I didn’t pay particular attention to how long we sat on that rock. It was at least half an hour. We had a good view of the lakes below and the spur trail, but I didn’t see anybody down there. On my first visit to Crystal Lake, many years ago, I was the only one there. But two months ago the place was crowded, and that was a weekday. So I was a bit surprised nobody was there today.
Eric started back to the car. He wanted to take his time and didn’t want to slow us down. After a few minutes I decided to make a quick visit to Crystal Lake. It looked to me like it should be easy to cross the little isthmus between the two lakes to find a spot on the north shore of the lake to get a slightly different view.
I didn’t go all the way back to the trail junction, but struck off cross-country, saving me maybe three-tenths of a mile. It all looked so simple from above, but on the ground it was a bit more complicated. Then again, I didn’t spend a lot of time looking for a route. I was guessing Gordon was making quick time of things, and I didn’t want him to pass me on the way out. So my exploration was cursory, and I’ll save a more thorough attempt for my next visit.
I was getting low on water but didn’t replenish my supply at Lawn Lake. I was thinking that I’d have a chance to refill at one of the switchbacks, where I’d be close to Roaring River. This was poor thinking. The river isn’t convenient to the trail until a few yards above the junction to Ypsilon Lake. I made it that far (now not much more than thirty minutes from the trailhead) and stopped. I rummaged through my pack but couldn’t find my Steri-Pen. I would have sworn I had it. I just replaced the batteries in it. But perhaps I neglected to return it to the pack.
A bit below the Ypsilon turnoff, I ran into a couple headed up. They asked if I’d made it to any of the lakes. We chatted a bit. It was nearly four now. I told them it took me nearly three hours to get to Lawn Lake, that Ypsilon was a bit closer, but perhaps a bit steeper. While we were chatting, a group of four hikers passed us in great haste, heading down.
“See that cloud? It’s not a cloud. There’s a fire just over the ridge!” That wasn’t a very good description. I asked them where they were hiking from. They said they’d been to Ypsilon. In any event, I wasn’t certain what I was seeing was smoke instead of clouds, and what did they mean by “just over the ridge”? They didn’t stick around to provide any more details.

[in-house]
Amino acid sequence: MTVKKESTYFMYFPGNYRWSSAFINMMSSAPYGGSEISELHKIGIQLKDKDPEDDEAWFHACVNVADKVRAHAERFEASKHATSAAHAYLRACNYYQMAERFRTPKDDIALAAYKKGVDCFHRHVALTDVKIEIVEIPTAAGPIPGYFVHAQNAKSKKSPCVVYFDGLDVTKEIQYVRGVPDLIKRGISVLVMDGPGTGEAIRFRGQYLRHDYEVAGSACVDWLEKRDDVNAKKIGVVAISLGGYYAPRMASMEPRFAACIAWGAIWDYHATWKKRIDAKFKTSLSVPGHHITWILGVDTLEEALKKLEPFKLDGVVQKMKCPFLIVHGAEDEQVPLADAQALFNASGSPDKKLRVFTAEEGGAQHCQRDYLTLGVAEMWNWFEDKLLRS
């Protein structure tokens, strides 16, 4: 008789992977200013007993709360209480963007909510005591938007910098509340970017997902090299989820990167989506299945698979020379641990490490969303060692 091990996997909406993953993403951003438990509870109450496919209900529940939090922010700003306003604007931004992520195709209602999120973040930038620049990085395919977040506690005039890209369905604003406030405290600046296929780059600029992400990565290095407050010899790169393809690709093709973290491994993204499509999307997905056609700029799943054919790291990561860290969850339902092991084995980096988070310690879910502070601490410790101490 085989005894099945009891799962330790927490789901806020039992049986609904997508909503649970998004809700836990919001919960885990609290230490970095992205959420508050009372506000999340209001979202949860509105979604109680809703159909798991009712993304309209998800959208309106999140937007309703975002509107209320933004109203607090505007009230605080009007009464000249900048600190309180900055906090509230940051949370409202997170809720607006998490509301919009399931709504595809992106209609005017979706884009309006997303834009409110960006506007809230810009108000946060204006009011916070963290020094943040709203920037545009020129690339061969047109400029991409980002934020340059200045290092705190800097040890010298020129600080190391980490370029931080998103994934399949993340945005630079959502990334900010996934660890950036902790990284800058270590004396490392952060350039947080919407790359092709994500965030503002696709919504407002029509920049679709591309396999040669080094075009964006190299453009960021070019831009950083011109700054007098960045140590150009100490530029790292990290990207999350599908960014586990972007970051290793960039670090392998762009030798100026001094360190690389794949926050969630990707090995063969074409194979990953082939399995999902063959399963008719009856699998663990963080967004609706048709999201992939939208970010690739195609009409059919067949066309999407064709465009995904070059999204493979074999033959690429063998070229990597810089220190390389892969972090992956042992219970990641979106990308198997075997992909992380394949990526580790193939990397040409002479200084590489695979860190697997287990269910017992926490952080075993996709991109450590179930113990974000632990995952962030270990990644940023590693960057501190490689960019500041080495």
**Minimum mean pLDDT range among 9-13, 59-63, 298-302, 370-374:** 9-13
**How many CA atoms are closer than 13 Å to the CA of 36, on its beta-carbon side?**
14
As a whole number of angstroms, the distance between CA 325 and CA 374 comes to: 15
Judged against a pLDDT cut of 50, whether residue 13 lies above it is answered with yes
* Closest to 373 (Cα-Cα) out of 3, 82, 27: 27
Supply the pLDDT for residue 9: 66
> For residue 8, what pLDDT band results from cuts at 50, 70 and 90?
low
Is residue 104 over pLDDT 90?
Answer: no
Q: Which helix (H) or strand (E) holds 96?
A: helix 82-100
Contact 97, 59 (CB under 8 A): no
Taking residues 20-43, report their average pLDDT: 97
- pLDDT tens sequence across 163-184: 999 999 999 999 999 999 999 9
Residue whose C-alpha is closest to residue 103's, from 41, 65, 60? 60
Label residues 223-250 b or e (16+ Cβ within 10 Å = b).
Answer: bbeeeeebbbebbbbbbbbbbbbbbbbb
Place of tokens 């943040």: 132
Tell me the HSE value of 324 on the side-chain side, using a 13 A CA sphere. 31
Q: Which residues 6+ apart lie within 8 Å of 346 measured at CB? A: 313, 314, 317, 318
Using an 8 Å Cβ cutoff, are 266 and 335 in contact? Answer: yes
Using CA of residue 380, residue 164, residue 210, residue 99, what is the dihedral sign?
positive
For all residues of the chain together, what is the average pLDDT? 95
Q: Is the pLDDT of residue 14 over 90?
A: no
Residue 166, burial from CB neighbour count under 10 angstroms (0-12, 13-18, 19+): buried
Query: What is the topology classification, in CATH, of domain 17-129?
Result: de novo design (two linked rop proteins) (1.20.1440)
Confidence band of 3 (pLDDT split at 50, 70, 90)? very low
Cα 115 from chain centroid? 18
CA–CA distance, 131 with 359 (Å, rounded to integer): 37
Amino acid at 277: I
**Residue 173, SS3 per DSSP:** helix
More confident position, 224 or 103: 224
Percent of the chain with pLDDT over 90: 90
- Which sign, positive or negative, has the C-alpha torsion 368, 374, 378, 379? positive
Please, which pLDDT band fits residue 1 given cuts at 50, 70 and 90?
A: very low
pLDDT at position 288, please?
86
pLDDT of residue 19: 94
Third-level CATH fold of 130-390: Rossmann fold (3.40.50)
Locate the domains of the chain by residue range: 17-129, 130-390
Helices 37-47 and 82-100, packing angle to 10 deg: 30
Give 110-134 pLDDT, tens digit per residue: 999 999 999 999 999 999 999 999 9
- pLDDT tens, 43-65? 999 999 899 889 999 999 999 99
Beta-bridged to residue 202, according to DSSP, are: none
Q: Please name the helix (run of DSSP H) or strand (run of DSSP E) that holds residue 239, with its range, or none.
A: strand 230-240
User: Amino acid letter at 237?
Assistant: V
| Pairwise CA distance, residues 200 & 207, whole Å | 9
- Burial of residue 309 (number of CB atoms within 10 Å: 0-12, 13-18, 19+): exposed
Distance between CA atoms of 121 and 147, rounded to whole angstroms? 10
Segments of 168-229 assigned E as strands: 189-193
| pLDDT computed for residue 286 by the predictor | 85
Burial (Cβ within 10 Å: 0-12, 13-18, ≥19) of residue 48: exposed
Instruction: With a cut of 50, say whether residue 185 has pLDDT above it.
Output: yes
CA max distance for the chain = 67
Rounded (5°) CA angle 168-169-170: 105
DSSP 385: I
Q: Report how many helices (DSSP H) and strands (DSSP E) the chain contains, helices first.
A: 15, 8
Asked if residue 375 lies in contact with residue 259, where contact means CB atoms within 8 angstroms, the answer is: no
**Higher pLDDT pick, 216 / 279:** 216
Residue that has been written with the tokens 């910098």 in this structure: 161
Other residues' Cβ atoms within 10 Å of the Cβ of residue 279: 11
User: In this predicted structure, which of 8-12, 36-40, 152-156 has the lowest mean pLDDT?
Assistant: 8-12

Continuing our discussion, I suggested to the couple that they go as far as the river crossing on the Ypsilon trail. They were unlikely to make any lake and get back out before dark. Then they asked for suggestions for tomorrow. Hopefully, they’ll be happy with my guidance.
I made it back to the trailhead at 4:18. I asked Eric how long he’d been waiting; he said he wasn’t waiting long and that he’d gotten a nice little nap. During our chat, I related the tale of my missing Steri-Pen, which I now easily found in the pack. How could I have missed it?
Gordon arrived about an hour later. By now, there was no doubt that what was above us was smoke and not cloud.
When I was applying my sunscreen above Lawn Lake, we all noted how clear the skies were. There wasn’t a cloud in the sky, and the smoke we’d been seeing (and smelling) for much of the last month was gone. While waiting for Gordon, Eric and I talked about how folks in the backcountry would never know about a new fire: they’d only know what they saw. We wondered what Gordon may have seen.
He showed us a couple of pictures he took from the summit of Hagues Peak. From his description of the direction and distance, I guessed that this was the Cameron Peak fire, which I haven’t heard about in several days.
Well, it’s in the news again. The smoke plume over our heads was, indeed, from the Cameron Peak fire. This plume went up 36,000′ and as I write this the fire has expanded to more than 34,000 acres (an increase of 10,000 acres Saturday alone) and is dumping ash on Greeley. It has now crossed into the Park and several trails and roads have been closed.
Every hike I take, I have some goal in mind. Today, it was to reach The Saddle and look over the other side. I didn’t make it. Falling short of my hiking goals just serves as an excuse for another attempt at a later date. Still on the table here are The Saddle and a bit of exploration of the isthmus between Little Crystal Lake and Crystal Lake. And, just a mile up the Black Canyon trail is a body of water called Potts Puddle. So there are still a few new sights for me in this area.